Filing 21

ENTRY DISCUSSING PETITION FOR WRIT OF HABEAS CORPUS. For the reasons discussed herein, Petitioner's petition for a writ of habeas corpus must be denied and the action dismissed. Judgment consistent with this Entry shall now issue. Signed by Judge David Frank Hamilton on 10/30/2009. c/m. (LBK)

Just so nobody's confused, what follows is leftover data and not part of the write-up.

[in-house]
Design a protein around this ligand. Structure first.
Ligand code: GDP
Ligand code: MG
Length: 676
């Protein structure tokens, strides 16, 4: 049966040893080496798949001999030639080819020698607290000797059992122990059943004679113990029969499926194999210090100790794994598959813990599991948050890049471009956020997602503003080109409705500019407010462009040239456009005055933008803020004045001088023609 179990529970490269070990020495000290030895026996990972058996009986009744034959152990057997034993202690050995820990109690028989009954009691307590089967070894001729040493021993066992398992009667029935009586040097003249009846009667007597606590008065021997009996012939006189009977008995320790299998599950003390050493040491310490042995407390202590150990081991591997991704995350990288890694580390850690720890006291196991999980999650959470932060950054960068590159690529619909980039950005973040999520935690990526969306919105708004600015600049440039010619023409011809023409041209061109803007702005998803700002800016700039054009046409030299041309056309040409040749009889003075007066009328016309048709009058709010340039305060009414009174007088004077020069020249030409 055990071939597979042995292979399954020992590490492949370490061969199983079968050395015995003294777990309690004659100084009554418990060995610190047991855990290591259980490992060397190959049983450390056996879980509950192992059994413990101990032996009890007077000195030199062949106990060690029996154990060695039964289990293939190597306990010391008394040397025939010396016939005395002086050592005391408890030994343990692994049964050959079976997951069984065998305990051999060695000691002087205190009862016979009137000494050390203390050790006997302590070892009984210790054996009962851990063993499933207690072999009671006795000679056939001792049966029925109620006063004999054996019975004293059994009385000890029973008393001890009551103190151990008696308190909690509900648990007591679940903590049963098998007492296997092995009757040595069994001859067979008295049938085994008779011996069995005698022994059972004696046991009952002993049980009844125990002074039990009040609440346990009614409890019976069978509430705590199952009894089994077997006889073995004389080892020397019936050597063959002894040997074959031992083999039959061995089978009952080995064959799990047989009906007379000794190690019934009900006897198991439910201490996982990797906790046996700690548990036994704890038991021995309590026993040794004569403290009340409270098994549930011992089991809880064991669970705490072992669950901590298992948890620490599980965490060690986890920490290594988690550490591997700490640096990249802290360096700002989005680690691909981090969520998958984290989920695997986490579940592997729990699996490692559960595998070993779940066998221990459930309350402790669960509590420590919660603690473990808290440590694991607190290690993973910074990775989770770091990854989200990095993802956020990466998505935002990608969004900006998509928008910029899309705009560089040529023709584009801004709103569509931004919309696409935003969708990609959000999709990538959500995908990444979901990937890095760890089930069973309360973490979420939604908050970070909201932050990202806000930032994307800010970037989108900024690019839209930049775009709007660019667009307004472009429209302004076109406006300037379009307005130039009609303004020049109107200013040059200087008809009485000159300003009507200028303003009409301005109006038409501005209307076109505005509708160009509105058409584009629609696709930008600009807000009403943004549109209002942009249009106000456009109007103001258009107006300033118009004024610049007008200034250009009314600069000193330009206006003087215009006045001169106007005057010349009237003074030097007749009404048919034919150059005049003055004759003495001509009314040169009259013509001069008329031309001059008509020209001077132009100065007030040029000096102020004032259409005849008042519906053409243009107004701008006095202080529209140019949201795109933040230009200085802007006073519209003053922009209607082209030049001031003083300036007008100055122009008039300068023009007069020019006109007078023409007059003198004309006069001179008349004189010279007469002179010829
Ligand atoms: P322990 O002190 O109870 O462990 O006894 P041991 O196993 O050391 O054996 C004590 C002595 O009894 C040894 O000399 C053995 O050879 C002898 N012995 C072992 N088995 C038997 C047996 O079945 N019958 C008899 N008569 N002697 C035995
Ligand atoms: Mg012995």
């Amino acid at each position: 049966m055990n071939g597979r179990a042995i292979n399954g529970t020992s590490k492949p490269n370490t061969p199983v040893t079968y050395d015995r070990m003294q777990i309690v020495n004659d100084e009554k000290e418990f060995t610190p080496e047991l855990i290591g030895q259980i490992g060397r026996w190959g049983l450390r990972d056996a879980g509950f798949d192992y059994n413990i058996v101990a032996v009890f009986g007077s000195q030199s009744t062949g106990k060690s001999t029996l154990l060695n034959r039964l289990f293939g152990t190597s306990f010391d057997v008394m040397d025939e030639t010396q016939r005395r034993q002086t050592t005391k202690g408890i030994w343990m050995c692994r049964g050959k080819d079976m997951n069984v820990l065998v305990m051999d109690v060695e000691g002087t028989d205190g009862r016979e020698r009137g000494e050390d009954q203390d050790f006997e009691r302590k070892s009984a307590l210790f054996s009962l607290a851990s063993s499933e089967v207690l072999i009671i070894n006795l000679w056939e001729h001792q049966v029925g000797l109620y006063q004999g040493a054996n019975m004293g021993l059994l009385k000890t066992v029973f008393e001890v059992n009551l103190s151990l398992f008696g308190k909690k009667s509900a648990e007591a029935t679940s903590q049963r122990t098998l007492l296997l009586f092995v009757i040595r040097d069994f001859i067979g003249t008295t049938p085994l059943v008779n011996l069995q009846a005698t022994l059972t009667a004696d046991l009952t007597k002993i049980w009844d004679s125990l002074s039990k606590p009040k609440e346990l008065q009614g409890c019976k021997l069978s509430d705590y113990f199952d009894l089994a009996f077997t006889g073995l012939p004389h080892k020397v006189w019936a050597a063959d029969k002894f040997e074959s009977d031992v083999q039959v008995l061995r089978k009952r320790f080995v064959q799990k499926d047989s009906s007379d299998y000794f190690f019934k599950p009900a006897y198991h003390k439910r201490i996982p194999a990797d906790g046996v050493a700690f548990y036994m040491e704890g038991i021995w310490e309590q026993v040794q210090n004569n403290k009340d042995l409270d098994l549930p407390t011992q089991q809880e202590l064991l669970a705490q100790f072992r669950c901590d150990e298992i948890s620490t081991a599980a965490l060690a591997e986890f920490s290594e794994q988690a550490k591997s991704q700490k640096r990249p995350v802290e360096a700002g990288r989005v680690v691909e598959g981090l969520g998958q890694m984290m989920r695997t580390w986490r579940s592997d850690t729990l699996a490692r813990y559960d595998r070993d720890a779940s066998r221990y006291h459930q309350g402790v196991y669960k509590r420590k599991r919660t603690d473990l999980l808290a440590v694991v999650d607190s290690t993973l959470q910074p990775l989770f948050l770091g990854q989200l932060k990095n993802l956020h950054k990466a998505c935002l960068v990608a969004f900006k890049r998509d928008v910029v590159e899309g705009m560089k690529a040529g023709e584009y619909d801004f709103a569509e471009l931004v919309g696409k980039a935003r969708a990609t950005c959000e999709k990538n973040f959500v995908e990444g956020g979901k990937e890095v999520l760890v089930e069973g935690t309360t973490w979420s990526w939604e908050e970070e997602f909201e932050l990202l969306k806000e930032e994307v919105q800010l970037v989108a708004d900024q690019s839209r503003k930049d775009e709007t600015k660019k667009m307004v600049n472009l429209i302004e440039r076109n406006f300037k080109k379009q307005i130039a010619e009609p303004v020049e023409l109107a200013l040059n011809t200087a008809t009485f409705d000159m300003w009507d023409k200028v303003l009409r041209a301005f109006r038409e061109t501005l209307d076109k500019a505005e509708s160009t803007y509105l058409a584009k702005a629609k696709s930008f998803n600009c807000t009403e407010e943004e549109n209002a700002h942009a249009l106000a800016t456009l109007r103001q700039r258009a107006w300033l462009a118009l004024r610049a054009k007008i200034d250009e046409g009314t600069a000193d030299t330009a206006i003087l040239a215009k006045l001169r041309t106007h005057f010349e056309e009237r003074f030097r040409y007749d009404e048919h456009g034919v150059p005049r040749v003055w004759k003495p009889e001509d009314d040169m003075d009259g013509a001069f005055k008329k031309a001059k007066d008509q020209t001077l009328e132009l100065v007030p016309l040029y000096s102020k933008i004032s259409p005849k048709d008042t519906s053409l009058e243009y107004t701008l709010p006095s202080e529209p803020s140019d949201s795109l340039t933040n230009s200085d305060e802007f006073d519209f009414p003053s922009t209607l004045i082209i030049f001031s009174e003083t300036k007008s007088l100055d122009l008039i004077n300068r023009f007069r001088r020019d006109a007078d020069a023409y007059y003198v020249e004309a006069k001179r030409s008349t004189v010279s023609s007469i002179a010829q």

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UNITED STATES DISTRICT COURT SOUTHERN DISTRICT OF INDIANA JUAN C. BLACKMON-EL, ) ) Petitioner, ) vs. ) ) THOMAS D. HANLON, Superintendent, ) ) Respondent. ) No. 1:09-cv-439-DFH-TAB Entry Discussing Petition for a Writ of Habeas Corpus In a prison disciplinary proceeding identified as No. CIC 08-10-0107, Juan C. Blackmon-El was found guilty of violating prison rules by intimidating or threatening others with bodily harm or with an offense against the person or property. Contending that the proceeding is tainted by constitutional error, Blackmon-El seeks a writ of habeas corpus. Because the court finds that there was no error of that nature, Blackmon-El's habeas petition must be denied. This conclusion rests on the following facts and circumstances: 1. Blackmon-El is entitled to a writ of habeas corpus if he is "in custody in violation of the Constitution or laws or treaties of the United States." 28 U.S.C. 2254(a). Under Indiana law, state prison inmates have a protected liberty interest in earned good-time credits and in credit-earning class, IND. CODE 35-50-6-4, 35-50-6-5 (2000), and the state may not deprive inmates of good-time credits without following constitutionally adequate procedures to insure that the credits are not arbitrarily rescinded. Meeks v. McBride, 81 F.3d 717, 719 (7th Cir. 1996) (citing Wolff v. McDonnell, 418 U.S. 539, 557 (1974)). 2. "A prisoner challenging the process he was afforded in a prison disciplinary proceeding must meet two requirements: (1) he has a liberty or property interest that the state has interfered with; and (2) the procedures he was afforded upon that deprivation were constitutionally deficient." Scruggs v. Jordan, 485 F.3d 934, 939 (7th Cir. 2007). In these circumstances, Blackmon-El was entitled to the following process before being deprived of his liberty interests: (1) advance (at least 24 hours before hearing) written notice of the claimed violation; (2) the opportunity to be heard before an impartial decisionmaker; (3) the opportunity to call witnesses and present documentary evidence (when consistent with institutional safety); and (4) a written statement by the fact-finder of the evidence relied on and the reasons for the disciplinary action. Wolff v. McDonnell, 418 U.S. 539 (1974); Rasheed-Bey v. Duckworth, 969 F.2d 357, 361 (7th Cir. 1992). In addition, there is a substantive component to the issue, which requires that the decision of a conduct board be supported by "some evidence." Superintendent v. Hill, 472 U.S. 445 (1985). 3. Using the protections recognized in Wolff and Hill as an analytical template, Blackmon-El received all the process to which he was entitled. That is, the charge was clear, adequate notice was given, and the evidence was sufficient. In addition, (1) Blackmon-El was given the opportunity to appear before the hearing officer and make a statement concerning the charge, (2) the hearing officer issued a sufficient statement of its findings, and (3) the hearing officer issued a written reason for his decision and for the sanctions which were imposed. 4. "The touchstone of due process is protection of the individual against arbitrary action of the government." Wolff, 418 U.S. at 558. There was no arbitrary action in any aspect of the charge, disciplinary proceeding, or sanctions involved in the events identified in this action, and there was no constitutional infirmity in the proceeding which entitles Blackmon-El to the relief he seeks. His arguments that he was denied the protections afforded by Wolff and Hill are either refuted by the expanded record or based on assertions which do not entitle him to relief. This includes his claims that he was denied an impartial hearing because his case was heard by a single hearing officer instead of a three-person board, that there were procedural irregularities in the matter, and that his request for video evidence was denied. Due process does not require a multi-member decision-maker in these circumstances, the asserted irregularities are simply of no consequence, and there was no security video to be viewed, even though one had been requested. Accordingly, Blackmon-El's petition for a writ of habeas corpus must be denied and the action dismissed. Judgment consistent with this Entry shall now issue. So ordered. Date: October 30, 2009 DAVID F. HAMILTON, Chief Judge United States District Court

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